Tippr Sues Group-Buying Peers DealOn and BuyWithMe

While Groupon and LivingSocial are fighting head-to-head to be the largest group-buying site in the world, there’s a much scrappier battle taking place for third and fourth place.

In fact, three of them are tangled in a lawsuit, alleging patent infringement.

Seattle-based Tippr has filed suit against two of its closest rivals, BuyWithMe and DealOn.

All three pale in comparison to the deal-swagger of Groupon and LivingSocial. While they may have close to a hundred employees and meddle in a dozen or so U.S. markets, in comparison, both LivingSocial and Groupon have thousands of employees who curate deals in hundreds of markets on an international basis.

In the lawsuit, filed in the U.S. District Court of Washington Tippr’s parent company is claiming that the two are infringing on patents related to the use of an online buying group system for aggregating demand. Kashless is requesting an award equal to an undisclosed amount of damages caused by such infringement.

This lawsuit could be seen coming from a mile away.

In December, Tippr announced a strategy around what it considers a very strong patent portfolio.

Tippr’s CEO Martin Tobias explained to us that in late 2009, it acquired the patent portfolio of defunct Mercata, a Paul Allen-backed group-buying venture from Web 1.0. Tobias traded stock in Kashless for the patents, which included more than half a dozen patents covering areas like price optimization, demand curve modeling and buyer-seller interaction models.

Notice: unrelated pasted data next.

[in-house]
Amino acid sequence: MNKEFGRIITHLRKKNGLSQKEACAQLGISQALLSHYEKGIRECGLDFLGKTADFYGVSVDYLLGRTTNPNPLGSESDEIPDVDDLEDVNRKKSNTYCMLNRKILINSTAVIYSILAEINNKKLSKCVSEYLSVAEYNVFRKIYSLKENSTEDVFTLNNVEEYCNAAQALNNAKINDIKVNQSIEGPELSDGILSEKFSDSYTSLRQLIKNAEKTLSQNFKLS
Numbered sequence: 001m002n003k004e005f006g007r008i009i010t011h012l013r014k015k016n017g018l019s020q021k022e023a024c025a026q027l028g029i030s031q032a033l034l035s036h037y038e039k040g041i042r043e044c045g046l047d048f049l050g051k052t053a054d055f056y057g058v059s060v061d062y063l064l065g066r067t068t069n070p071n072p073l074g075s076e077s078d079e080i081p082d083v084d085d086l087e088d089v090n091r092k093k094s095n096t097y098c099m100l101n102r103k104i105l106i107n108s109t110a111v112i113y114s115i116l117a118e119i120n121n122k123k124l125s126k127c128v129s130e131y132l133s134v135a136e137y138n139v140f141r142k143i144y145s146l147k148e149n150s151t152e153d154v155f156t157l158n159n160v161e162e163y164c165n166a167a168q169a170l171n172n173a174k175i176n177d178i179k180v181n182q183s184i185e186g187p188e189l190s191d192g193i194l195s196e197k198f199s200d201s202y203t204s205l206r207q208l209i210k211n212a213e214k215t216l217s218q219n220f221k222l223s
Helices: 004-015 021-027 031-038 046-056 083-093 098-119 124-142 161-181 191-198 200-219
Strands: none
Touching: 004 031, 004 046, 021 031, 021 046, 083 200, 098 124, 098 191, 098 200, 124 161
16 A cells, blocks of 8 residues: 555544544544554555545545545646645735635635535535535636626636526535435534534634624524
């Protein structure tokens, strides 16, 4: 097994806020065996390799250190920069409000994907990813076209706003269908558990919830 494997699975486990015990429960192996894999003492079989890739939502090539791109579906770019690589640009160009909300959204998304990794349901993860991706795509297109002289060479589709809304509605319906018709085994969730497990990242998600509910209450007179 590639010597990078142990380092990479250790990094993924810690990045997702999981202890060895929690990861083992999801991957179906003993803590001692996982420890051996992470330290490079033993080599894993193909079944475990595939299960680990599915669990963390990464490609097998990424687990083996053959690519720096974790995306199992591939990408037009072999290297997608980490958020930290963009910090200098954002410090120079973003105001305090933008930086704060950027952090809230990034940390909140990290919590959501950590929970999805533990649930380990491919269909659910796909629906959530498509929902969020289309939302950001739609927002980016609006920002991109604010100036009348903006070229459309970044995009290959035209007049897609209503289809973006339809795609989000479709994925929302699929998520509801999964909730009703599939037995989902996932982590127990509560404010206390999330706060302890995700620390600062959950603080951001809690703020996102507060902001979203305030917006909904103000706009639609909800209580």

His idea is to license the right to use those patents to anyone, ranging from its white-label partners to its competitors. The idea even has a name: the patent licensing program for group-buying.

Tippr offers constant reminders that it owns these patents, listing them on the bottom of every page on its Web site. It also writes in its description that: “You can be assured that Tippr is using the most advanced proprietary technology to deliver you the best deals on anything you buy with us.”

This is not the first patent fight in the daily deals space. In November, Groupon counter-sued a company called MobGob in Chicago, referencing patents that predate the founding of the company.

Earlier this month, Tippr also filed for a preliminary injunction against BuyWithMe for “using or disclosing Kashless’s confidential information,” reports TechFlash. The suit claims a former Kashless employee, Andrew DeLorenzo, violated an agreement by disclosing financial information about Tippr to BuyWithMe founder Andrew Moss. (BuyWithMe has since hired Jim Crowley as CEO.)

Tobias said in a statement sent to us: “Tippr, the industry’s first patented, white-label group buying platform, owns the deepest portfolio of issued patents in the group buying space. Its patents cover many of the most fundamental aspects of group buying systems and methods. The company cannot comment on the pending litigation regarding patent infringement by the defendants, but Tippr continues to be committed to true innovation as reflected in its considerable patent portfolio.”

Another wrinkle in the plot is that DealOn was acquired by ReachLocal for $10 million last week.


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